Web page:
Ashley and I started the race together, but I knew she was gunning for a PR (spoiler alert – she got it!) and I was only gunning to make it to the finish line. About a km in to the race I pulled over to tie my shoe and told her to give the race hell. She took off and ran a fantastic race (Go Ashley!), while I tried my best to finish.

I discovered quickly the course wasn’t as flat as advertised. It was full of gradual rolling hills that felt like we were going more up than down. It was cloudy and cold, my nose was running, my chest burned, and my lips were helplessly chapped. I pushed myself when I could and indulged in a handful of walking breaks when I needed them.


I ran this race sans Garmin, so I spent the majority of the it playing mind games with myself on how far I thought I’d gone and how long it’d taken me. There were kilometer markers every two kilometers and I silently cried to myself every time I saw one, assuming I had run so much farther. It felt like the longest 10k of my life. I also spent a lot of the race doing bad conversion math in my head (so I’ve run 6km, that means I have 4km left… if a 5k is 3.1 miles, then 4k means I have about 2.5 miles left, right?).


We finally hit a clearing and I could see the familiar blue arch from the start in the distance. Finally, the finish! Then I saw the runners ahead of me continue to run through the blue arch and realized it was not the finish line, just a big tease. Instead I had to go under the blue arch, around the school track, and THEN the red line for the finish. That final lap around the track was just evil.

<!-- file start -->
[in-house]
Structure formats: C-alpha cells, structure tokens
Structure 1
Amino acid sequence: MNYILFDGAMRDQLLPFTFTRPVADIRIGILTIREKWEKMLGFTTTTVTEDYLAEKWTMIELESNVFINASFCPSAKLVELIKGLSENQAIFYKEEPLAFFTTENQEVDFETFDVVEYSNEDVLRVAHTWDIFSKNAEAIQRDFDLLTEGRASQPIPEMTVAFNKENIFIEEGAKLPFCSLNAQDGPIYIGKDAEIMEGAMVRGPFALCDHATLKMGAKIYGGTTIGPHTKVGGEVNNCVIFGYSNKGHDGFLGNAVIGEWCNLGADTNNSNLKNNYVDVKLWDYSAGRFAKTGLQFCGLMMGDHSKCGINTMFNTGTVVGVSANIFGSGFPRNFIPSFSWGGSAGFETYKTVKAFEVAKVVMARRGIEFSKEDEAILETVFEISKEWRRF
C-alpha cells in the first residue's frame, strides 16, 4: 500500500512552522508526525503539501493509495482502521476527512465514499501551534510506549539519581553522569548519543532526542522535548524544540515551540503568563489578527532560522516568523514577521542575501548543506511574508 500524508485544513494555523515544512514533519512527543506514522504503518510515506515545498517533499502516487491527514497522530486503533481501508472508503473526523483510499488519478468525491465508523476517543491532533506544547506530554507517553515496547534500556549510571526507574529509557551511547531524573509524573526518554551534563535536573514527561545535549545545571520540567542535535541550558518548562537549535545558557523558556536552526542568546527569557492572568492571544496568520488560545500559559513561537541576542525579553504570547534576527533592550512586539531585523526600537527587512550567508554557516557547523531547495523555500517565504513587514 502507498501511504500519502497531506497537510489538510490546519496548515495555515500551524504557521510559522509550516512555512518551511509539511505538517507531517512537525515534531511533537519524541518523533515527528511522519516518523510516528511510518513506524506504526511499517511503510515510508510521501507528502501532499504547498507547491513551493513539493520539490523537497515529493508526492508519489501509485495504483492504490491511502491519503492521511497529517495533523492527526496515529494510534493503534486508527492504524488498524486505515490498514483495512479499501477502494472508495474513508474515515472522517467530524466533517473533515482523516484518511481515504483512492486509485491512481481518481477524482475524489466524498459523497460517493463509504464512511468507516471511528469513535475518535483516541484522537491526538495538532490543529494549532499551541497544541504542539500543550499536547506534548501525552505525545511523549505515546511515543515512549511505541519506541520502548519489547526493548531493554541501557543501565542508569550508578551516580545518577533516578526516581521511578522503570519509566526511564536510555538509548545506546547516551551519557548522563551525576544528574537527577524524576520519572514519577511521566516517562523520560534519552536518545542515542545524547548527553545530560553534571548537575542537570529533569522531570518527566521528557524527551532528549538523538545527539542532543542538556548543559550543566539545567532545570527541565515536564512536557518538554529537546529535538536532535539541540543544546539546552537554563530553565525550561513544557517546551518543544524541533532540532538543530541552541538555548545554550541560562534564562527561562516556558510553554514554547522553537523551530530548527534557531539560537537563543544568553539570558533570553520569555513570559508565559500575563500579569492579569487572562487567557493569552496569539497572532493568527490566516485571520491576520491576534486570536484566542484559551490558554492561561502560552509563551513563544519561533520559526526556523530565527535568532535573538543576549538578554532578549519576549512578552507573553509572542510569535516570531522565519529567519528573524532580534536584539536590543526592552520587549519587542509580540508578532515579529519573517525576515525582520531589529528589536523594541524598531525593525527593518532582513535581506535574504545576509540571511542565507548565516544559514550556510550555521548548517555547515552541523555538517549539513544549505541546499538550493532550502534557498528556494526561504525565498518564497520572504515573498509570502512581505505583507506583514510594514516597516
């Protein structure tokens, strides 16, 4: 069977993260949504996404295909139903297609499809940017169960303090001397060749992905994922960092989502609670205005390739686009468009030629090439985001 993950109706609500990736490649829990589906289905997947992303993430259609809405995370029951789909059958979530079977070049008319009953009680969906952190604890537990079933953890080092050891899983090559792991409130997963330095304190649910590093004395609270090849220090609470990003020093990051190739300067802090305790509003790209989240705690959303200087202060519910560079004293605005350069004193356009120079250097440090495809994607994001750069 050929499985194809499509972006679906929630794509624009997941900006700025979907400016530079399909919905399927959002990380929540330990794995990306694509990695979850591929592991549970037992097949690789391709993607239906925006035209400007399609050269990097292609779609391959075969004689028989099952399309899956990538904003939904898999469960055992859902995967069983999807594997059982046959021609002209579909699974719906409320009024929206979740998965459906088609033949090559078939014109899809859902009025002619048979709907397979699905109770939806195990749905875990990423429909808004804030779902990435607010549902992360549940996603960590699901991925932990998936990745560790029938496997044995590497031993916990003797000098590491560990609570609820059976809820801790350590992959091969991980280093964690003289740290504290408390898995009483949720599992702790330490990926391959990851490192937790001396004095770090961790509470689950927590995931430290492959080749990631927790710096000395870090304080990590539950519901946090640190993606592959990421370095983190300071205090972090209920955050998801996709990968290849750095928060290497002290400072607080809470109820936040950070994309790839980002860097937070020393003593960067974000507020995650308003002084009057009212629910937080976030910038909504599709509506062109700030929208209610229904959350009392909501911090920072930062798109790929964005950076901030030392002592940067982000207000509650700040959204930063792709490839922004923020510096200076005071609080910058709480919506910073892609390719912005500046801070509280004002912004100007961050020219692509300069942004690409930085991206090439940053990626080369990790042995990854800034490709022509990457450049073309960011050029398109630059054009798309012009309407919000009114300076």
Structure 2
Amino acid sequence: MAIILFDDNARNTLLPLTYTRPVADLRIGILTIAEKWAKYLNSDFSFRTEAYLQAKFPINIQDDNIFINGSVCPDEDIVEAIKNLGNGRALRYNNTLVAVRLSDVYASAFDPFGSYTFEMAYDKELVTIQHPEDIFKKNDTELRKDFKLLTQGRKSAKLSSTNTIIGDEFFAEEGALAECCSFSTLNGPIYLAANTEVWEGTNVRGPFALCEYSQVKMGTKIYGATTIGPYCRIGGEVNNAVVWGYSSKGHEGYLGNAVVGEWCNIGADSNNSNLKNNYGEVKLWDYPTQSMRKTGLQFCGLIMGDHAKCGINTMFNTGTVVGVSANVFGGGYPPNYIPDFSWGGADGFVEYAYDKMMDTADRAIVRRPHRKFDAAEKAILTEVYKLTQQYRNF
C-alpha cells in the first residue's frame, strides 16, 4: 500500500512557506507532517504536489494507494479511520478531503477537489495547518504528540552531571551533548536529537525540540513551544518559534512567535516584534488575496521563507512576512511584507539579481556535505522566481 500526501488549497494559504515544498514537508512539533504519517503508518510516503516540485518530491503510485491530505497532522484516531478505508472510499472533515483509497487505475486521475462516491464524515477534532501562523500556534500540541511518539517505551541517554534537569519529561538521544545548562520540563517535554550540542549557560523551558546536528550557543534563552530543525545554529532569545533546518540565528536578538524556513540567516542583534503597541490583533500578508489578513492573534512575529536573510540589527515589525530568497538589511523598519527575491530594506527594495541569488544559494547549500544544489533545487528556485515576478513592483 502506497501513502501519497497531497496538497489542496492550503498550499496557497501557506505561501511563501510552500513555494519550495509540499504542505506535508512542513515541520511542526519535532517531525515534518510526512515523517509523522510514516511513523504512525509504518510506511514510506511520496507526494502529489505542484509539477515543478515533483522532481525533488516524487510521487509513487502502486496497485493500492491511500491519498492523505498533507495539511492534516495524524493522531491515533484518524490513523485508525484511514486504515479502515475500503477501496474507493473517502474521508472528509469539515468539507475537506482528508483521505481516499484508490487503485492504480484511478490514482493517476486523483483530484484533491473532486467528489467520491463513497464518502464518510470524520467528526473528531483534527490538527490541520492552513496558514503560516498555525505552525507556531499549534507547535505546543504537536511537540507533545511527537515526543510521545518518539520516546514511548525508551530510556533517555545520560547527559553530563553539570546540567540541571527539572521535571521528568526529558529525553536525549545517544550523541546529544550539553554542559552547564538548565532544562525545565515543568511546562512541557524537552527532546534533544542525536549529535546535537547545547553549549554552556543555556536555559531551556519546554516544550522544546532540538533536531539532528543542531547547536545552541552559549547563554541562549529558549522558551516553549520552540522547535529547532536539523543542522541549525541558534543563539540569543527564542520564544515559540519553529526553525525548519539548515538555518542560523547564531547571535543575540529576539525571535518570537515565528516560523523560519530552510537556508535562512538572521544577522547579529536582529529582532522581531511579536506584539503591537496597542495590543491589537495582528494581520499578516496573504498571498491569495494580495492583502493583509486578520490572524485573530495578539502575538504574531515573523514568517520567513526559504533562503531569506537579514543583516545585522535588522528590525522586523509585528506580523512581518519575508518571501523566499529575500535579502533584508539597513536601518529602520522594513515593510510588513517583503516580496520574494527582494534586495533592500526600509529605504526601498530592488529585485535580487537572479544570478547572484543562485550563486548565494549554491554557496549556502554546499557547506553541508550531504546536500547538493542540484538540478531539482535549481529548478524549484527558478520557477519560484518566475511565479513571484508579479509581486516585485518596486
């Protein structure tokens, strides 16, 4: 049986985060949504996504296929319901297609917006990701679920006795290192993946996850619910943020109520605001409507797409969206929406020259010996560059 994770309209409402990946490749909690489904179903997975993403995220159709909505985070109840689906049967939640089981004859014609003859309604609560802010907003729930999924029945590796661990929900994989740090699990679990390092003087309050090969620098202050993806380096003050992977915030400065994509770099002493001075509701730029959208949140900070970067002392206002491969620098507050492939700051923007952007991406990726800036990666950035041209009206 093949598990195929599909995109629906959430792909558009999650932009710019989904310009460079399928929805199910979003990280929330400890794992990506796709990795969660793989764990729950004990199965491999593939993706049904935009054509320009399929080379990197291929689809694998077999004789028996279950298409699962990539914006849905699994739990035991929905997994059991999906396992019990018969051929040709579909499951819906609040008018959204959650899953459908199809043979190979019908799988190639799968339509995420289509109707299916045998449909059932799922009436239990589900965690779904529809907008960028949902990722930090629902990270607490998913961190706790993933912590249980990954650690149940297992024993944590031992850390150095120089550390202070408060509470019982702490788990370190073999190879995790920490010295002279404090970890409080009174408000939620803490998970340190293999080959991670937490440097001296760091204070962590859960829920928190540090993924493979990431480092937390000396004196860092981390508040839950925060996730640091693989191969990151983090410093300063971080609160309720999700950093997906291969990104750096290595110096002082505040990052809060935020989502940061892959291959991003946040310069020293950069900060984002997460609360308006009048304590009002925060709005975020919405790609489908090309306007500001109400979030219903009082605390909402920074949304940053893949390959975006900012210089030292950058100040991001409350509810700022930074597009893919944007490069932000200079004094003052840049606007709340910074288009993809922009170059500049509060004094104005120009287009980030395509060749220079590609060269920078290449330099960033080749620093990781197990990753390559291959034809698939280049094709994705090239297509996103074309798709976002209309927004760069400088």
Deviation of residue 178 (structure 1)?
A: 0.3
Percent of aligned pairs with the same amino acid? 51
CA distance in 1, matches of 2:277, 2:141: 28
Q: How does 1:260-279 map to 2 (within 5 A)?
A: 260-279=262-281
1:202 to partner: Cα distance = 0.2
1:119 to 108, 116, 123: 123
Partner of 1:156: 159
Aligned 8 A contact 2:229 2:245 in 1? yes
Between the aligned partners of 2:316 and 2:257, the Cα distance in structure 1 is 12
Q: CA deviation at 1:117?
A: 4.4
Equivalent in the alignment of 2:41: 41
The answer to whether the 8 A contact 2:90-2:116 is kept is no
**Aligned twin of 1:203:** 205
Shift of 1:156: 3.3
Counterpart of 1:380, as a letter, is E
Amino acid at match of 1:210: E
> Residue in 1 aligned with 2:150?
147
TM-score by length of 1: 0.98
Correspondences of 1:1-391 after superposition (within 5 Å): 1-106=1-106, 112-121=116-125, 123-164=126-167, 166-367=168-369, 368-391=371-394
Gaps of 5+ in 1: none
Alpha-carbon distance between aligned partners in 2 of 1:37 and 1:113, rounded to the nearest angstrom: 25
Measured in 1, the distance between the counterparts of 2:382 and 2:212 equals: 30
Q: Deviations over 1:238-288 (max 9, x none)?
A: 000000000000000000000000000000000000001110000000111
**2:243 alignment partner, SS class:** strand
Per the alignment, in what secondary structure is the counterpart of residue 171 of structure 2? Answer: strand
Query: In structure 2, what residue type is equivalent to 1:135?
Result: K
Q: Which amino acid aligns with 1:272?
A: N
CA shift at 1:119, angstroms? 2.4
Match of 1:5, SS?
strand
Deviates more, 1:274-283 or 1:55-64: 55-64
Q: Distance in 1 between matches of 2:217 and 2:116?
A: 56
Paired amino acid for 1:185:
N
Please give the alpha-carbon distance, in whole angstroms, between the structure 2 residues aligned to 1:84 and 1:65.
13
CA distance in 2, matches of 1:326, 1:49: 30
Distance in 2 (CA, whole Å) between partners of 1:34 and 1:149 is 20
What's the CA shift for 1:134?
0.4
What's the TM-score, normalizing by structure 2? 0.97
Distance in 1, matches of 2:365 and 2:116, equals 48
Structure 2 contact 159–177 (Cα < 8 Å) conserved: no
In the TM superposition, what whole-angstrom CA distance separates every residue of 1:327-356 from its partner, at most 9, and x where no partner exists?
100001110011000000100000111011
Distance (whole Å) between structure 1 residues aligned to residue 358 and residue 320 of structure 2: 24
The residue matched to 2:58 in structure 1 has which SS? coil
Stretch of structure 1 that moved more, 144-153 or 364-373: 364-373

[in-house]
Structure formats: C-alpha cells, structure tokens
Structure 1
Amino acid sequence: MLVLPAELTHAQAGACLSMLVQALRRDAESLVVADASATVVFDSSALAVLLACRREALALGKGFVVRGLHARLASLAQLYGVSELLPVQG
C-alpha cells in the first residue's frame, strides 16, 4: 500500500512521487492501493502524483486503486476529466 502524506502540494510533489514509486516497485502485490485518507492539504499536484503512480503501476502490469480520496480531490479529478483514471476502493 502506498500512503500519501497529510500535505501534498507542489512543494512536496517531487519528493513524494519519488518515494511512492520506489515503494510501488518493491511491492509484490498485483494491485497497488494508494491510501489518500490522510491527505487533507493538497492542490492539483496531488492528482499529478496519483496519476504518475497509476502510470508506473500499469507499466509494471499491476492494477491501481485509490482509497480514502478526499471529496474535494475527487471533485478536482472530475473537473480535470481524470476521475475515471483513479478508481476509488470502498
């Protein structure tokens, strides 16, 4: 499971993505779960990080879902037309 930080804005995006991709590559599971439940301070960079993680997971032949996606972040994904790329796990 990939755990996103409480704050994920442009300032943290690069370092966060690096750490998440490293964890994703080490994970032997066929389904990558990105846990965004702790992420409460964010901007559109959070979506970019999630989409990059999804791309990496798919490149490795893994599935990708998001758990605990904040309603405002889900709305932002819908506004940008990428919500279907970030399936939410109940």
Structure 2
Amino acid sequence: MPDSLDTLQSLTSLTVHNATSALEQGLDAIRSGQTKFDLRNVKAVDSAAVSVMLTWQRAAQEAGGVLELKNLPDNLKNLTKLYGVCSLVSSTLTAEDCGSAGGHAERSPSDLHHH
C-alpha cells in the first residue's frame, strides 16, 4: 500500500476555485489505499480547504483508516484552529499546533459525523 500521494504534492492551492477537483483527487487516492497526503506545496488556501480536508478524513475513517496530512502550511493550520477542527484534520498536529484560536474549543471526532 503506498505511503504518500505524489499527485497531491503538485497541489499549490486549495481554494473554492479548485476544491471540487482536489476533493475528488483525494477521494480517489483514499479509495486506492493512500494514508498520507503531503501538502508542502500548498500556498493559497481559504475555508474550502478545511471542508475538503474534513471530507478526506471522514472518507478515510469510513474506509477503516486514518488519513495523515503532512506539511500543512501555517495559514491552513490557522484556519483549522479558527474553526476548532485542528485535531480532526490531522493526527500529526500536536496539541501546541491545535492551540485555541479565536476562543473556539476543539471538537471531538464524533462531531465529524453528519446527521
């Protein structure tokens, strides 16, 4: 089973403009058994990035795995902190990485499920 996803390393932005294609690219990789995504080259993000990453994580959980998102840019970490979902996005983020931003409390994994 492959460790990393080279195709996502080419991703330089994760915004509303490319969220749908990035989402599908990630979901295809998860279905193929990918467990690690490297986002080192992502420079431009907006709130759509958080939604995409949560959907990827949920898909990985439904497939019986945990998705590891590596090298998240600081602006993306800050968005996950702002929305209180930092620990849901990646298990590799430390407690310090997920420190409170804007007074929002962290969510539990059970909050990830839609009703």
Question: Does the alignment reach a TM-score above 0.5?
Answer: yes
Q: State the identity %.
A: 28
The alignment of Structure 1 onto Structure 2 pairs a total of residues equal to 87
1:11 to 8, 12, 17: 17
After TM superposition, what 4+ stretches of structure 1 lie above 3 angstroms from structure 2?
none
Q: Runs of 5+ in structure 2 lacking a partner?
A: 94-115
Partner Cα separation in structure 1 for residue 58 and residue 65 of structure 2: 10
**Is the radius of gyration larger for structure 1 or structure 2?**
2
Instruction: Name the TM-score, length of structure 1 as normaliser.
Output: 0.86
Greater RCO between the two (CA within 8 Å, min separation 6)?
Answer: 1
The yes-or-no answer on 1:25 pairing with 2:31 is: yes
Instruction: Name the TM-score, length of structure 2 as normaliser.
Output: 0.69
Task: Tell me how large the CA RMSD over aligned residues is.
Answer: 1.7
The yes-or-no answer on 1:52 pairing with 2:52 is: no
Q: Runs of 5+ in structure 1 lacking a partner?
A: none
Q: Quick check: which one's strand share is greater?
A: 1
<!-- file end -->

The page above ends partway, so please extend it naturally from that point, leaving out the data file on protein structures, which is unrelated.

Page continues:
Race Results

Woo hoo! I made it! My first international race is in the bag! Worth it!


Ashley and Bo had great races as well. Ashley earned her PR and Bo ran a very respectable time considering this is his first race back since his ACL surgery. Go team!


The race dead ended into a line for post-race treats. Instead of water and Gatorade, I was surprised to see cups of hot tea, hot wine, chocolate pastries, and whole apples waiting for finishers. I grabbed a cup of hot tea and really enjoyed it – who knew a cup of hot tea would taste so great after a chilly 10k run?

After a quick change, our group headed over the border to France (!) to catch the sunset above the clouds on top of Le Salève.


The drive up was a bit scary, but the view from the top was amazing.





We decided to celebrate with dinner out (our only dinner out the whole trip!). Ashley and Bo introduced us to one of their favorite restaurants in Geneva , Le Crise, for delicious French food.


I had the escargot, which were buttery, full of flavor, and absolutely amazing.


And the lamb shank, which was also melt-in-your-mouth delicious.


Overall it was a great meal with great company.

Stay tuned for Part III!

Have you ever run an international race? What were the major differences you noticed?

1 Bridgette December 3, 2014 at 9:24 pm

Love your running vest!!! Where is it from and what is it made of?

2 Meghann December 3, 2014 at 9:57 pm

It’s Brooks!

3 AndreaClaire December 3, 2014 at 10:35 pm

For Switzerland, that is a flat race! I mean, the Jungfrau Marathon has an elevation change of roughly 1500 meters (about 1 vertical mile).